Eminent-domain battle won't happen here, officials say

Carson City will not become New London, Conn.

The eminent-domain battle waging in the Connecticut community between private property owners, city government and a commercial developer will not be duplicated here, Carson City officials said Tuesday.

Carson City Mayor Marv Teixeira said Tuesday that eminent domain is a last resort used judiciously for the right reason and it should work out to be a "win-win for both parties."

However, Teixeira has alluded to using the power of eminent domain to seize property owned by Max Baer Jr., the former "Beverly Hillbillies" star who seeks to develop the old Wal-Mart on South Carson Street into an expansive Jethro's Beverly Hillbillies Mansion and Casino.

The threat hasn't jaded the former Hollywood star. Baer continues to seek to develop the property into his casino, even though he is not yet commenting on how he is going to do that with two uncooperative neighbors, Glenbrook Co. and J.C. Penney.

"Ownership is what differentiates us from Socialism," Baer said.

Baer bought the Wal-Mart property for $4.3 million in August 2003 and hasn't been able to start development because of the stalemate. The shopping center rules prohibit the development of a casino. Baer bought the property because he believed the other two property owners in the center would amend the rules.

New London is the small city in Connecticut that is the origin of the Kelo v. New London case. The U.S. Supreme Court ruled last week in this case that the local government could seize private property, the power of eminent domain, that would then be sold to a private developer for redevelopment. The case was brought by homeowners in a neighborhood community near the Thames River. Officials plan to demolish the neighborhood to make room for an office complex.

The New London decision concerns homes, which Teixeira said he doesn't ever see happening in the area.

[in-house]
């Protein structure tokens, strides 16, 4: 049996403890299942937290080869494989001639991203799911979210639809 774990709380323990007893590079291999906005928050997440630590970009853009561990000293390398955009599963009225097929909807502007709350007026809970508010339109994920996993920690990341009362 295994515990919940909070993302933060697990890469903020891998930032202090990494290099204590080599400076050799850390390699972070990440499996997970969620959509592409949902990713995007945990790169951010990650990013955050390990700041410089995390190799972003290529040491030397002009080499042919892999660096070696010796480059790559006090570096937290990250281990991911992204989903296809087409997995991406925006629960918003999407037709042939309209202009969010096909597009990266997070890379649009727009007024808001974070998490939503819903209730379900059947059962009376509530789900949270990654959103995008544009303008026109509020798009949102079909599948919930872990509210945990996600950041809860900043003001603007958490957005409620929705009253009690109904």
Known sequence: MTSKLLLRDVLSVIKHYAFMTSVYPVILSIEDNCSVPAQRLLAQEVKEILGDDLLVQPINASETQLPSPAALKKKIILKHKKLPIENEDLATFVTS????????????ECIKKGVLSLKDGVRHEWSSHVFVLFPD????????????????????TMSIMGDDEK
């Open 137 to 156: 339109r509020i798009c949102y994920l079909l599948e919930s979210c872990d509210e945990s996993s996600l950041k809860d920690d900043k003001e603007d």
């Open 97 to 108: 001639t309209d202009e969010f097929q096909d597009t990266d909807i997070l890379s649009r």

"As far as Mr. Baer, let's just see what the future has in store and we'll take it one day at a time," Teixeira said.

Joe McCarthy, Carson City economic development redevelopment manager, said he read the New London majority opinion and it's not something that gives local governments authority to take private property for commercial development.

"The court decided that it's a local issue and communities have to establish their own policies on eminent domain," he said. "The court deferred to New London's decision that the area is severely depressed and needed revitalization."

He said eminent domain should only be used in significantly blighted areas. It has to be a public process and a last resort, and it's seldom used commercial redevelopment. Carson City has never used eminent domain.

Baer said the people will never accept a decision passed down by five judges on the Supreme Court. New London was a 5-4 ruling.

"I think eminent domain is a bad idea," he said. "It borders on Socialism. Unless it's restricted to those things like parks, freeways, schools or something for the common good. But if you extend it so far that to take property for additional tax revenue, you open the door for anything to be taken. That the people won't accept."

n Contact reporter Becky Bosshart at bbosshart@nevadaappeal.com or 881-1212.


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